Third parties such as private investigators can -- and often do -- testify at divorce trials, so it's possible that your spouse or her lawyer may not serve you with written documents ahead of time. They'll simply present the private investigator as a witness. Your spouse must still give you warning, however. Most states require that spouses exchange witness lists before trial, disclosing the persons they intend to call to testify, and about what each individual is going to testify. If you find an investigator's name on her witness list, you can depose him ahead of time. This involves meeting with him and asking him questions in the presence of a court reporter who takes down every word. The court reporter will provide you with a transcript of the dialogue, which you can then present as evidence at trial if he says something that's beneficial to your case. You or your attorney will also get an idea of what questions to ask him at trial when you have the opportunity to cross-examine him.

Divorce is never easy, but we can help. Learn More
Subpoenaing Witnesses for a Divorce Trial

References

Related articles

What to Expect in Your Final Divorce Hearing on Your Trial Day in South Carolina

South Carolina encourages spouses to reach an agreement on the terms of their divorce, such as property division and child custody, but you and your spouse may not be able to mutually agree on all terms. If your settlement negotiations fail, it will be up to the court to make these decisions for you based on evidence it receives from your filed paperwork and during the divorce trial. The court cannot consider evidence unless it’s properly presented, so it is important to understand the trial process.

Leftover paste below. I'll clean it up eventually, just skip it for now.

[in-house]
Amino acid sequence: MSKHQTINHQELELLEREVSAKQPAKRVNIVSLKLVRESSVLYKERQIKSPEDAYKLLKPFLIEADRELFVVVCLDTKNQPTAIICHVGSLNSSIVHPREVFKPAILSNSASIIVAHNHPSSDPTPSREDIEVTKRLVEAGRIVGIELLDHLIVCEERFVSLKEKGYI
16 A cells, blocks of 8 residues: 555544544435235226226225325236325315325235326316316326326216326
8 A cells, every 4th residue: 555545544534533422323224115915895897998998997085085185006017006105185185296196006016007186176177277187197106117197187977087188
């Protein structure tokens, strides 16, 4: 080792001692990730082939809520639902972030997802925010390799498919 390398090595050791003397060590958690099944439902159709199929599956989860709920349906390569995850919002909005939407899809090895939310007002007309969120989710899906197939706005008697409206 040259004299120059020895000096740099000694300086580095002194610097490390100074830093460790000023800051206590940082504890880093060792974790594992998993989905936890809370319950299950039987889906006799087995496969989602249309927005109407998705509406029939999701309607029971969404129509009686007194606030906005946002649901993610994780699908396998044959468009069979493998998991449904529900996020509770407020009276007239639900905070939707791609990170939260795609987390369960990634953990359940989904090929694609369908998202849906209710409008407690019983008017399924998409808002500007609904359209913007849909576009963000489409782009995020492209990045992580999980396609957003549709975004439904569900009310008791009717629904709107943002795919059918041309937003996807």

Divorce Attorney Consultation Questions

With a few exceptions, most divorce lawyers can adequately get the job done. The vast majority of divorces never go to trial; spouses generally come to terms regarding a settlement with the help of their attorneys. A lawyer’s courtroom savvy and expertise may not be as important as her ability to negotiate and to communicate with you. Before you consult with anyone, make sure she specializes in family law. Then ask questions to determine whether she’s right for you and your particular case.

What Not to Say When Tesifying in Child Custody

Testifying can be terrifying when everything hangs in the balance and so much depends on your words. If you're litigating custody of your children as part of your divorce, however, you'll have to take the witness stand. Sometimes, if you don't have a lawyer, the judge might let you speak from your seat, but you must still do so under oath and your spouse's attorney can still ask you questions. The good news is that while you have to answer under most circumstances, you don't have to do so quickly or immediately. You can take a moment first to think about what you’re about to say.

Get Divorced Online

Related articles

Can a Lover Be Forced to Testify at a Divorce if the Affair Is Known?

As a general rule, if someone has an affair with a married individual, she should brace herself for an appearance in ...

Divorce Discovery Process

In between filing for divorce and the final trial, divorcing couples may use discovery to get as much information as ...

Laws on Falsifying Divorce Documents

Life is full of temptations. When you're going through a divorce, you may feel like you're under assault and on the ...

Income Discovery in Family Law Cases

If you and your spouse are divorcing, you usually have only one chance to get the terms right. If you agree to a ...

Browse by category
Ready to Begin? GET STARTED